San Francisco school board REVERSES plan to rename schools (for now)

The controversial plan that drew backlash has caused the Board of Education to change their mind. At least until in-person education starts back up again.


In a welcoming change of pace in America’s battle and debate over cancel culture, one prominent governing body on the West Coast has finally acknowledged their need to reconsider a “politically correct” series of name changes.

Per the Associated Press, a 6-0 vote cast on Tuesday retracts their earlier move. An important caveat here being that the school board plans to revisit this after in-person learning resumes.

As a refresher: it was back in late January San Francisco’s Board of Education voted to rename 44 of its public schools on the grounds of the figures involved being “linked to racism, sexism and other injustices.”

Even late last year the proposal was being deliberated. It put American legends like Abraham Lincoln, George Washington, and Thomas Jefferson on the chopping block.

The reaction to this decision was brutal. On one front there were critics who chastised the board for wasting their time on matters like this rather than prioritizing getting the student body back into classrooms. On another, people were outspoken about the “shoddy research” done by the board leading up to their January vote. They claim officials relied heavily on the likes of Wikipedia for their background reading.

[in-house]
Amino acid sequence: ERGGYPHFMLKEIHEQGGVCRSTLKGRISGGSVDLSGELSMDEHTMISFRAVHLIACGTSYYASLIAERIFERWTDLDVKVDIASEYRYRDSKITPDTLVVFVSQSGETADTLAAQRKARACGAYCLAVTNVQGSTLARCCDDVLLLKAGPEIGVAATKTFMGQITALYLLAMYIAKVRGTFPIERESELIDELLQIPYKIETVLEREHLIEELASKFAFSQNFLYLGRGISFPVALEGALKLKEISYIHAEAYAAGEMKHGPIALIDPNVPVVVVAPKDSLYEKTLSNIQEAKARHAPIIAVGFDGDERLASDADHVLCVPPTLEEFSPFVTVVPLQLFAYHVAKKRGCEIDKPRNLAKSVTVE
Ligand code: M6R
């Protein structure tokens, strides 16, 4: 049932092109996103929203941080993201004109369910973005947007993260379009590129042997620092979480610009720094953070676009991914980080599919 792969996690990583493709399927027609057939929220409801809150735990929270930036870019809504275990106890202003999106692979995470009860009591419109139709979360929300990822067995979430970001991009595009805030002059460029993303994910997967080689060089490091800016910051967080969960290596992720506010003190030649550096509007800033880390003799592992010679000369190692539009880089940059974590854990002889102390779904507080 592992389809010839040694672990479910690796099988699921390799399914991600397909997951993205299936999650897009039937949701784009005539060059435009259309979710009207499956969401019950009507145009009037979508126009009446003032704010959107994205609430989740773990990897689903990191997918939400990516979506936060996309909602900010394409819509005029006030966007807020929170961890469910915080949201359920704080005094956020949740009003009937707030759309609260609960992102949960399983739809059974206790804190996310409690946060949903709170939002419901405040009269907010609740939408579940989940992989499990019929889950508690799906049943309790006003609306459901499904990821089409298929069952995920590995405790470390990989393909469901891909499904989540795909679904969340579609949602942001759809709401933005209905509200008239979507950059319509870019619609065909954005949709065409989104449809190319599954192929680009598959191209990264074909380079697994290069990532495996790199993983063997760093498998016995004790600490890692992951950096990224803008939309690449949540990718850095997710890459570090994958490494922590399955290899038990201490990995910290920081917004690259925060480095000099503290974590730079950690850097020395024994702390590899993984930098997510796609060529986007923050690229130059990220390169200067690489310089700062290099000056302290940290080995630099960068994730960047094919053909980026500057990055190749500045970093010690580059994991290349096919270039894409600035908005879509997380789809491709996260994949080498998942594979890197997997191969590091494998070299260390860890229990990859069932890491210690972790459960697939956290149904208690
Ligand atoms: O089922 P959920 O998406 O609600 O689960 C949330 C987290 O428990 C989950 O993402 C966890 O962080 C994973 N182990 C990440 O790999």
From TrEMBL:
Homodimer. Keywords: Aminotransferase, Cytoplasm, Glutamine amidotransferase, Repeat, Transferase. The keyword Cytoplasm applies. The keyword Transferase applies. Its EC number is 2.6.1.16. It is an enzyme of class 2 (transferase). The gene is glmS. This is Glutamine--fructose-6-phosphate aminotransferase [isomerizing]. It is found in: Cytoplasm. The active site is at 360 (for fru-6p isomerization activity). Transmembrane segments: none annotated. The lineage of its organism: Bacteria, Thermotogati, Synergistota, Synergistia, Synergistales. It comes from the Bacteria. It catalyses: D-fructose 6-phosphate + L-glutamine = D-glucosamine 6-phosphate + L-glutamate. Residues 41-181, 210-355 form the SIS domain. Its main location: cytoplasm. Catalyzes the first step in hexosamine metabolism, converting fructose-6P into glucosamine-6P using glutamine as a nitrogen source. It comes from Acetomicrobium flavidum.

It’s unclear whether or not the threat of a lawsuit over this decision changed officials minds. Back in early February a lawyer claimed that the school board violated public meeting laws as described under the Brown act. Specifically the fact that the board didn’t notify people about the vote happening on this particular change.

Families for San Francisco lead Seeyew Mo celebrated the news, telling AP:

“It feels like truth won this time. I’m glad they’ve come to their senses — after lawsuits, and public pressure. A lot of people agree with the idea of revisiting names, but they just disagree with how it was done.”

San Francisco’s school board is no stranger to controversy. It was late last month that anti-Asian tweets resurfaced, made by their Vice President Alison Collins.


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